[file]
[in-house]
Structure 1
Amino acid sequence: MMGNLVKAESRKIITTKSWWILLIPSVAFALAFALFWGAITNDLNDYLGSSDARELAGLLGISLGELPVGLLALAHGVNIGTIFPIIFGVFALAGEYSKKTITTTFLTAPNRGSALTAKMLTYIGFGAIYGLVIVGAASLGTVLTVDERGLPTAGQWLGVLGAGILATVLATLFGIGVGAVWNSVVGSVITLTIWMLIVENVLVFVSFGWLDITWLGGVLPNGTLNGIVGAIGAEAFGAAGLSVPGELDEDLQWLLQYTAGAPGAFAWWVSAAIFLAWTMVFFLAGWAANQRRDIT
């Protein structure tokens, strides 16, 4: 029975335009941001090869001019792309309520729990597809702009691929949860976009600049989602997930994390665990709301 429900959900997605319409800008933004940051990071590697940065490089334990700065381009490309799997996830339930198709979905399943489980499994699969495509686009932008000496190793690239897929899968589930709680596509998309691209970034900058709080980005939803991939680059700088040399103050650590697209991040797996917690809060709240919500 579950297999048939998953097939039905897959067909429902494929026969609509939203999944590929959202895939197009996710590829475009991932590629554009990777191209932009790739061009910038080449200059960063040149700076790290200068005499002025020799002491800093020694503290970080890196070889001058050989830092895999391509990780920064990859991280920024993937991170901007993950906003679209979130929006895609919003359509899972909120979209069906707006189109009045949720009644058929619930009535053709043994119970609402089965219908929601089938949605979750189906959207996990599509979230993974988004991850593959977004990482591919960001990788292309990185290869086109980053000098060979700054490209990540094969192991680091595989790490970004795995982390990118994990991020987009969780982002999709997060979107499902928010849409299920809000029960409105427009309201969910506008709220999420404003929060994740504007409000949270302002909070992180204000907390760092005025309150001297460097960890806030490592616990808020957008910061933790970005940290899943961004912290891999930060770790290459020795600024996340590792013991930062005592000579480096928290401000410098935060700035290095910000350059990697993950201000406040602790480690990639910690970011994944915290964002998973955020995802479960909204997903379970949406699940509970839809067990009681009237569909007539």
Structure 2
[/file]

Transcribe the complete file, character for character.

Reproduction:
[in-house]
Structure 1
Amino acid sequence: MMGNLVKAESRKIITTKSWWILLIPSVAFALAFALFWGAITNDLNDYLGSSDARELAGLLGISLGELPVGLLALAHGVNIGTIFPIIFGVFALAGEYSKKTITTTFLTAPNRGSALTAKMLTYIGFGAIYGLVIVGAASLGTVLTVDERGLPTAGQWLGVLGAGILATVLATLFGIGVGAVWNSVVGSVITLTIWMLIVENVLVFVSFGWLDITWLGGVLPNGTLNGIVGAIGAEAFGAAGLSVPGELDEDLQWLLQYTAGAPGAFAWWVSAAIFLAWTMVFFLAGWAANQRRDIT
């Protein structure tokens, strides 16, 4: 029975335009941001090869001019792309309520729990597809702009691929949860976009600049989602997930994390665990709301 429900959900997605319409800008933004940051990071590697940065490089334990700065381009490309799997996830339930198709979905399943489980499994699969495509686009932008000496190793690239897929899968589930709680596509998309691209970034900058709080980005939803991939680059700088040399103050650590697209991040797996917690809060709240919500 579950297999048939998953097939039905897959067909429902494929026969609509939203999944590929959202895939197009996710590829475009991932590629554009990777191209932009790739061009910038080449200059960063040149700076790290200068005499002025020799002491800093020694503290970080890196070889001058050989830092895999391509990780920064990859991280920024993937991170901007993950906003679209979130929006895609919003359509899972909120979209069906707006189109009045949720009644058929619930009535053709043994119970609402089965219908929601089938949605979750189906959207996990599509979230993974988004991850593959977004990482591919960001990788292309990185290869086109980053000098060979700054490209990540094969192991680091595989790490970004795995982390990118994990991020987009969780982002999709997060979107499902928010849409299920809000029960409105427009309201969910506008709220999420404003929060994740504007409000949270302002909070992180204000907390760092005025309150001297460097960890806030490592616990808020957008910061933790970005940290899943961004912290891999930060770790290459020795600024996340590792013991930062005592000579480096928290401000410098935060700035290095910000350059990697993950201000406040602790480690990639910690970011994944915290964002998973955020995802479960909204997903379970949406699940509970839809067990009681009237569909007539």
Structure 2